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Tuesday, May 11, 2010

EmbedVideo MediaWiki extension

I've been doing a little bit of contract work lately on a mediawiki-based learning system. One of the features that was requested of this site was the ability to embed flash videos, primarily from YouTube, but also from other kid- and school-friendly hosting sites such as and KidsTube has since announced that they will be going offline soon, so support for them isn't particularly important now, but the idea still stands.

I did a search on to find a suitable embedding extension for flash videos. A few options pop up at the top of the results list, but I notice some strange similarities: EmbedVideo, EmbedVideo++, EmbedVideoPlus, all of which appear to be forks of the same original codebase. I also found at least two other independently-developed variants of the same extension in my searches.

The original EmbedVideo extension was developed by mediawiki hacker jimbojw some time ago, but he has completely stopped maintaining it. In his absence, the EmbedVideo++ extension was forked off his work to add some new features. However, that extension has since been abandoned as well. Add another fork from yet another developer--EmbedVideoPlus--which has already not been modified in over a year. I saw two other variants as well which are almost identical minus some small additions but which weren't listed in the released extensions list. Neither of these look to be actively developed, at least not towards a larger goal of a generally more-useful extension.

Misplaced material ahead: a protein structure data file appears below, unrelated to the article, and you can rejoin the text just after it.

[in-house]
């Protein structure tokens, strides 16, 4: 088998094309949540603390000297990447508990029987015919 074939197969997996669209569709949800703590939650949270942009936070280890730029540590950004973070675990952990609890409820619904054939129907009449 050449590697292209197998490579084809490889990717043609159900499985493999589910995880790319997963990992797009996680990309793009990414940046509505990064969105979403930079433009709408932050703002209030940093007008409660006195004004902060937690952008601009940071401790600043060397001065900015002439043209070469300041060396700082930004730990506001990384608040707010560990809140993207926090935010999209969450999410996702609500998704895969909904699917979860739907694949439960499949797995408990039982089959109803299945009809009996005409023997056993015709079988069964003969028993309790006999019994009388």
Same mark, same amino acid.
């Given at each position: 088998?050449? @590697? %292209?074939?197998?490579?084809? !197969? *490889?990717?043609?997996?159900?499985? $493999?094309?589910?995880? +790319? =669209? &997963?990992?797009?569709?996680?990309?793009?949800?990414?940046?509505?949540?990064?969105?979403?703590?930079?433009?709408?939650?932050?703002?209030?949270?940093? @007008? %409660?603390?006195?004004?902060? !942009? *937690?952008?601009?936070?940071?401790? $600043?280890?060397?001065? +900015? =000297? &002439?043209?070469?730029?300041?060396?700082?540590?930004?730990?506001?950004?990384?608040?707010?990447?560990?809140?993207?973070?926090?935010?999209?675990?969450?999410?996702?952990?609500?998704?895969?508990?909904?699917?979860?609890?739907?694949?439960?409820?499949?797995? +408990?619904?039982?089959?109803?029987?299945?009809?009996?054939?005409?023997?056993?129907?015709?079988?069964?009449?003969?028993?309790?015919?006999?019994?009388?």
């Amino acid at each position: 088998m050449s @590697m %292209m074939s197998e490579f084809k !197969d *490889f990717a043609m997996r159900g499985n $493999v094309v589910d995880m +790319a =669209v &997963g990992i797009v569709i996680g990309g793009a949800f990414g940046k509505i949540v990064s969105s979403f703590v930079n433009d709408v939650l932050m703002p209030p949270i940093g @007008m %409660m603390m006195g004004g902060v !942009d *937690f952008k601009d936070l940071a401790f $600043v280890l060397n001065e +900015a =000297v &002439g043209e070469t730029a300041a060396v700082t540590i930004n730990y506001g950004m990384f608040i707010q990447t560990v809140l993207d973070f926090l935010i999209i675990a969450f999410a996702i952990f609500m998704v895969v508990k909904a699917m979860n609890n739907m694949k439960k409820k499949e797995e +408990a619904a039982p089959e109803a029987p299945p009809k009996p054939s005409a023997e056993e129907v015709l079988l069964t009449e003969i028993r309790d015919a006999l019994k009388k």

Where the story starts to get funny is that I had to make some of my own modifications to the extension, and was about two button clicks away from hosting my own version publicly when I had an insight: Why add another version, when I could try to take over maintainership of some (or all!) of the existing versions? Two of them are listed as "abandoned" on the website. One other hasn't been modified in over a year. Two more are slightly more recent but by no means under active development. Each developer has done just enough work to get their own changes added, but stopped active development as soon as that was complete. I think I can do a little better than that. At the very least, I can put the project into some kind of public source control and make sure it gets exposure and some level of development sanity.